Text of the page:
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The Day Facebook Disappeared

© REUTERS / Dado RuvicA 3D plastic representation of the Facebook logo is seen in this illustration in Zenica, Bosnia and Herzegovina, May 13, 2015. REUTERS/Dado Ruvic//File Photo/File Photo
A 3D plastic representation of the Facebook logo is seen in this illustration in Zenica, Bosnia and Herzegovina, May 13, 2015. REUTERS/Dado Ruvic//File Photo/File Photo - Sputnik International, 1920, 05.10.2021
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For nearly seven hours, the world was without its best friend. Facebook, along with Instagram, WhatsApp, and its messenger service, faced an outage that caused a ripple effect throughout the internet. From Twitter to Gmail, platforms struggled to handle the cascade of jilted Facebook users in search of connection.
Facebook is the world’s most popular social media platform. With 2.8 billion active users as of July 2021, the only social media platform that comes close to rivaling it is YouTube at 2.3 billion active users. Facebook’s dominance of social media is so complete that four of the top five social media platforms are either Facebook or owned by the company. Together, Facebook, WhatsApp, Instagram, and Facebook messenger, have a combined 7.5 billion active users.
When Facebook and its cohort of platforms suddenly stopped working on Monday, October 4th, 2021 at around 11:30 a.m. EST, the internet found itself in uncharted territory. In a blink, the world reverted back to February 3, 2004, the day before TheFacebook launched.
In the seventeen-plus years that Facebook has existed, the world has grown accustomed to using, interacting, and living on one of their platforms. With it gone, people, left out in the social media wilderness, were forced to wander their way to alternative forms of connection.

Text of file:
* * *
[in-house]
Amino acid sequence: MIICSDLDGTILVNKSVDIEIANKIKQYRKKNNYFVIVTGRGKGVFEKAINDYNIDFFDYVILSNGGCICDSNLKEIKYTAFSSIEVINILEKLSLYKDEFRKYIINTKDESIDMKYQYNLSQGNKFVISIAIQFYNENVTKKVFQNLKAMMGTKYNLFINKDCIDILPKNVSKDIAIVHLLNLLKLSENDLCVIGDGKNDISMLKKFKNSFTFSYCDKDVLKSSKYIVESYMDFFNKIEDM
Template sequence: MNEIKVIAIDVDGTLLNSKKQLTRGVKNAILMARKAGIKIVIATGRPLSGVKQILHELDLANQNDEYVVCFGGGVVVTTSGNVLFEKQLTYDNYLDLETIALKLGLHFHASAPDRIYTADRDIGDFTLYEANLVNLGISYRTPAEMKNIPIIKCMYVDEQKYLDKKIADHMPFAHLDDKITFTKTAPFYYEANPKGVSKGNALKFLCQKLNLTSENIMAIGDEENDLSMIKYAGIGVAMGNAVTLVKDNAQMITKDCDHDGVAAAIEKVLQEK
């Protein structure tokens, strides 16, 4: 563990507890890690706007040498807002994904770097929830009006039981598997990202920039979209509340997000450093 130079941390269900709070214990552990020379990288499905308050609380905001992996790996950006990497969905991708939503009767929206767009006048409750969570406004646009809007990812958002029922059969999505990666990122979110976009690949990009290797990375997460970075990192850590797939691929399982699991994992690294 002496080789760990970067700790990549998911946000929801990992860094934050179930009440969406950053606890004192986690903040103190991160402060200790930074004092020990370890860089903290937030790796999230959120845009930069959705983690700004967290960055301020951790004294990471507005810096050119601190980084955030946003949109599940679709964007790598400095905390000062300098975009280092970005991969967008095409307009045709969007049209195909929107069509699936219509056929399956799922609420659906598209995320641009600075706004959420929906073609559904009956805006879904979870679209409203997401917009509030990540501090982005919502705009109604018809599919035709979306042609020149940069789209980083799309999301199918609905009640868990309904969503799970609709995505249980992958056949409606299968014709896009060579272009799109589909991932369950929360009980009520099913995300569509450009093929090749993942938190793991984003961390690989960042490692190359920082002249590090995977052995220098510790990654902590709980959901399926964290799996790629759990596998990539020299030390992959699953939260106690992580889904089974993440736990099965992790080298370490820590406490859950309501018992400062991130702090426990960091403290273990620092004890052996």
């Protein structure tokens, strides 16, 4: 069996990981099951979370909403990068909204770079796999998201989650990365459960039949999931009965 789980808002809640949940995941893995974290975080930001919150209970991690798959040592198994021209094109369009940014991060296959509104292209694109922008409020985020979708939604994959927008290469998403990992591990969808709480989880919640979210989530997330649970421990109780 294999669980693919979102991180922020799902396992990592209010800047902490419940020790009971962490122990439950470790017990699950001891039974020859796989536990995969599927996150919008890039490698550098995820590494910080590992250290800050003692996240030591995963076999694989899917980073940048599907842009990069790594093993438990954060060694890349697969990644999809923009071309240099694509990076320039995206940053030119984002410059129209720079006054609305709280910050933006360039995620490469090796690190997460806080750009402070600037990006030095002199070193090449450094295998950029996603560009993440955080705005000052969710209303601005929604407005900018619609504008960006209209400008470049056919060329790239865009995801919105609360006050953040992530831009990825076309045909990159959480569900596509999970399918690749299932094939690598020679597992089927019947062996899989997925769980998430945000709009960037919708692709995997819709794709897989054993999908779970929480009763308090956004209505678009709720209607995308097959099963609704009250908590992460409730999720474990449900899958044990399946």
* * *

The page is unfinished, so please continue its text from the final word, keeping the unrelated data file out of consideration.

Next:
© REUTERS / Stephen LamAttendees walk past a Facebook logo during Facebook Inc's F8 developers conference in San Jose
Attendees walk past a Facebook logo during Facebook Inc's F8 developers conference in San Jose - Sputnik International, 1920, 05.10.2021
Attendees walk past a Facebook logo during Facebook Inc's F8 developers conference in San Jose
In the wake of the Facebook exodus, one by one, websites and services experienced problems; Twitter, Amazon Web Services, Snapchat, Oculus, TikTok, Google, Telegram, Slack, Zoom, iMessage, Netflix, and Discord, almost none were completely spared.
The culprit of the worldwide internet pandemonium was a simple Border Gateway Protocol (BGP) error. The BGP is responsible for routing users to a network, in essence, without a functioning BGP, Facebook had gone dark. However, the problems didn’t stop at our web browser, it apparently crippled Facebook, the company, as well.
Reports from The New York Times indicate that employees were unable to enter buildings as their badges weren’t working on access doors, and that their internal tools and platforms were also down. Facebook, one of the largest companies in the world, figured out a way to lock its customers and its employees out in one fell swoop.
To solve the issue, Facebook reportedly had to physically send a team to save the day. The team was dispatched to their Santa Clara, California, data center in an effort to try a manual reset. Apparently, just like the rest of us, when Facebook runs into an IT problem, the golden goose is to turn it off and back on.
Facebook’s services have slowly been coming back on since around 7:00 p.m. EST. The problem, at least somewhat, has been resolved.
A small BGP error caused one of the world’s richest men to lose $6 billion. A small BGP error caused the internet to come to a screeching halt like a rush-hour traffic jam. A small BGP error took Facebook offline.
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